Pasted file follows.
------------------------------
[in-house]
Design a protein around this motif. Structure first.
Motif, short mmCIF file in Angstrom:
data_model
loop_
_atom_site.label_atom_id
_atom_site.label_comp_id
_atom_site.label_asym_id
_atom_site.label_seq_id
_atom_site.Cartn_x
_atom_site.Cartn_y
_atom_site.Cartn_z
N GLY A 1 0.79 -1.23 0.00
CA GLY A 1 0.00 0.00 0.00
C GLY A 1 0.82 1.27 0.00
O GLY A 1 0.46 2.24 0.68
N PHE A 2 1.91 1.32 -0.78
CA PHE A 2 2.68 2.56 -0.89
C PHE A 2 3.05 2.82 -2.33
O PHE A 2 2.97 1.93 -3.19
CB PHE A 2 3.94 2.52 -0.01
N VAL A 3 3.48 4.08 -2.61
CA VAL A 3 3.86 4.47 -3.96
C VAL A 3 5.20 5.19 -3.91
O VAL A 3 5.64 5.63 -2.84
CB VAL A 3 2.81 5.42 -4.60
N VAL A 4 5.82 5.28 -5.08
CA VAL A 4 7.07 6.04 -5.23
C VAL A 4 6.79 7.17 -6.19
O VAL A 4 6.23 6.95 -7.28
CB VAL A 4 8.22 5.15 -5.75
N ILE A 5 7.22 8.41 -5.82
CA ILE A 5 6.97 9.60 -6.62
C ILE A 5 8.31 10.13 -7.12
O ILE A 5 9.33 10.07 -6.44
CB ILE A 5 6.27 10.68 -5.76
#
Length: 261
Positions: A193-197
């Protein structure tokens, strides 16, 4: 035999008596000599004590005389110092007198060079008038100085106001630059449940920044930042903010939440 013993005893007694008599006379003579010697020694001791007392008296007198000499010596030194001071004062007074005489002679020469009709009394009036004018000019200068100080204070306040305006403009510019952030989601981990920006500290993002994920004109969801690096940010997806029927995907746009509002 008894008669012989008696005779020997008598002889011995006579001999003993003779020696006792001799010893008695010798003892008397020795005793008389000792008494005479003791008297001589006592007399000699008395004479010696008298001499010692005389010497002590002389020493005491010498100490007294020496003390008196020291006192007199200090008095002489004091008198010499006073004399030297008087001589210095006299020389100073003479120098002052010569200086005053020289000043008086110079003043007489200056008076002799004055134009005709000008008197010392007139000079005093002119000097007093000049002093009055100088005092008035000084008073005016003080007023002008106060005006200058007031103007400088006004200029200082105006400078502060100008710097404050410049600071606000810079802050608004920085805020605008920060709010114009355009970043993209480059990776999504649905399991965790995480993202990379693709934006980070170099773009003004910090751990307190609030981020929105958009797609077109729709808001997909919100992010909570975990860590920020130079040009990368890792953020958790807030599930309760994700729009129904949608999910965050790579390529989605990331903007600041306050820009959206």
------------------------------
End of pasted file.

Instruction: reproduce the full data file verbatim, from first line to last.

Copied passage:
[in-house]
Design a protein around this motif. Structure first.
Motif, short mmCIF file in Angstrom:
data_model
loop_
_atom_site.label_atom_id
_atom_site.label_comp_id
_atom_site.label_asym_id
_atom_site.label_seq_id
_atom_site.Cartn_x
_atom_site.Cartn_y
_atom_site.Cartn_z
N GLY A 1 0.79 -1.23 0.00
CA GLY A 1 0.00 0.00 0.00
C GLY A 1 0.82 1.27 0.00
O GLY A 1 0.46 2.24 0.68
N PHE A 2 1.91 1.32 -0.78
CA PHE A 2 2.68 2.56 -0.89
C PHE A 2 3.05 2.82 -2.33
O PHE A 2 2.97 1.93 -3.19
CB PHE A 2 3.94 2.52 -0.01
N VAL A 3 3.48 4.08 -2.61
CA VAL A 3 3.86 4.47 -3.96
C VAL A 3 5.20 5.19 -3.91
O VAL A 3 5.64 5.63 -2.84
CB VAL A 3 2.81 5.42 -4.60
N VAL A 4 5.82 5.28 -5.08
CA VAL A 4 7.07 6.04 -5.23
C VAL A 4 6.79 7.17 -6.19
O VAL A 4 6.23 6.95 -7.28
CB VAL A 4 8.22 5.15 -5.75
N ILE A 5 7.22 8.41 -5.82
CA ILE A 5 6.97 9.60 -6.62
C ILE A 5 8.31 10.13 -7.12
O ILE A 5 9.33 10.07 -6.44
CB ILE A 5 6.27 10.68 -5.76
#
Length: 261
Positions: A193-197
């Protein structure tokens, strides 16, 4: 035999008596000599004590005389110092007198060079008038100085106001630059449940920044930042903010939440 013993005893007694008599006379003579010697020694001791007392008296007198000499010596030194001071004062007074005489002679020469009709009394009036004018000019200068100080204070306040305006403009510019952030989601981990920006500290993002994920004109969801690096940010997806029927995907746009509002 008894008669012989008696005779020997008598002889011995006579001999003993003779020696006792001799010893008695010798003892008397020795005793008389000792008494005479003791008297001589006592007399000699008395004479010696008298001499010692005389010497002590002389020493005491010498100490007294020496003390008196020291006192007199200090008095002489004091008198010499006073004399030297008087001589210095006299020389100073003479120098002052010569200086005053020289000043008086110079003043007489200056008076002799004055134009005709000008008197010392007139000079005093002119000097007093000049002093009055100088005092008035000084008073005016003080007023002008106060005006200058007031103007400088006004200029200082105006400078502060100008710097404050410049600071606000810079802050608004920085805020605008920060709010114009355009970043993209480059990776999504649905399991965790995480993202990379693709934006980070170099773009003004910090751990307190609030981020929105958009797609077109729709808001997909919100992010909570975990860590920020130079040009990368890792953020958790807030599930309760994700729009129904949608999910965050790579390529989605990331903007600041306050820009959206």